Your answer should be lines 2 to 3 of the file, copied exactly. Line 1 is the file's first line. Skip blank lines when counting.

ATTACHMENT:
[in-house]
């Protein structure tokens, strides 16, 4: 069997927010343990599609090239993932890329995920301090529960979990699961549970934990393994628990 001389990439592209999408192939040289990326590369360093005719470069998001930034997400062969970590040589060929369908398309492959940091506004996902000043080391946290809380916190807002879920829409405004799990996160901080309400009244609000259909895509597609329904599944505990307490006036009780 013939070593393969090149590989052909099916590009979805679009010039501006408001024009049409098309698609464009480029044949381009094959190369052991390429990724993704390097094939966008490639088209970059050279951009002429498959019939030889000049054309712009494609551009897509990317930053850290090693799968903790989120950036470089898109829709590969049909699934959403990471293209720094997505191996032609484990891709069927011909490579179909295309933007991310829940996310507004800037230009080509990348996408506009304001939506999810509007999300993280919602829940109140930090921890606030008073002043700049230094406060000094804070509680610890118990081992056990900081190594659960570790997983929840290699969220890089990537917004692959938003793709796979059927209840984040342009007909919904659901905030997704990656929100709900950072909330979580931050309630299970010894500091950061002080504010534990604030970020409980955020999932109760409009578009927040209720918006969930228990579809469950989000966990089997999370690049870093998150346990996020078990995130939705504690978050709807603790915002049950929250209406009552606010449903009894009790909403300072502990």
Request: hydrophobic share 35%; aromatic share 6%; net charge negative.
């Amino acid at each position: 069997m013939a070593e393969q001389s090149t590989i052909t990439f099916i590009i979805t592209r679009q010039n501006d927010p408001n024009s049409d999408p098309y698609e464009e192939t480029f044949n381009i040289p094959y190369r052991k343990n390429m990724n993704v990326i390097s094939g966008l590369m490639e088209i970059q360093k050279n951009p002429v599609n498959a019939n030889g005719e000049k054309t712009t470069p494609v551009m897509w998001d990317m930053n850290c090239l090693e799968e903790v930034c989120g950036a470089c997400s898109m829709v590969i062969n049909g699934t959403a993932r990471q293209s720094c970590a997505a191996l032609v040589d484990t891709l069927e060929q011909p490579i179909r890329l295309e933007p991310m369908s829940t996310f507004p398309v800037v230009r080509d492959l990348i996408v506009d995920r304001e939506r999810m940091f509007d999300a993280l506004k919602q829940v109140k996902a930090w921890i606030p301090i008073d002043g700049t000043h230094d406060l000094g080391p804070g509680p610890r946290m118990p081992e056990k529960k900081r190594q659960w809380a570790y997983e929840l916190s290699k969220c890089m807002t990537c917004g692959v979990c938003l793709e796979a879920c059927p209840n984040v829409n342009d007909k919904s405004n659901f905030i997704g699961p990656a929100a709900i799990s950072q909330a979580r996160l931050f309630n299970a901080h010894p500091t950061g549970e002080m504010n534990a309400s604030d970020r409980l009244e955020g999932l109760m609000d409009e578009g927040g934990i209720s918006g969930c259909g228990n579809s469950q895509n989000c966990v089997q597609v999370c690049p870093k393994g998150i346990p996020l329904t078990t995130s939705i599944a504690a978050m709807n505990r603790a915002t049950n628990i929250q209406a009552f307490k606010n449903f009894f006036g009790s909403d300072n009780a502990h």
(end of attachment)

């Protein structure tokens, strides 16, 4: 069997927010343990599609090239993932890329995920301090529960979990699961549970934990393994628990 001389990439592209999408192939040289990326590369360093005719470069998001930034997400062969970590040589060929369908398309492959940091506004996902000043080391946290809380916190807002879920829409405004799990996160901080309400009244609000259909895509597609329904599944505990307490006036009780 013939070593393969090149590989052909099916590009979805679009010039501006408001024009049409098309698609464009480029044949381009094959190369052991390429990724993704390097094939966008490639088209970059050279951009002429498959019939030889000049054309712009494609551009897509990317930053850290090693799968903790989120950036470089898109829709590969049909699934959403990471293209720094997505191996032609484990891709069927011909490579179909295309933007991310829940996310507004800037230009080509990348996408506009304001939506999810509007999300993280919602829940109140930090921890606030008073002043700049230094406060000094804070509680610890118990081992056990900081190594659960570790997983929840290699969220890089990537917004692959938003793709796979059927209840984040342009007909919904659901905030997704990656929100709900950072909330979580931050309630299970010894500091950061002080504010534990604030970020409980955020999932109760409009578009927040209720918006969930228990579809469950989000966990089997999370690049870093998150346990996020078990995130939705504690978050709807603790915002049950929250209406009552606010449903009894009790909403300072502990």
Request: hydrophobic share 35%; aromatic share 6%; net charge negative.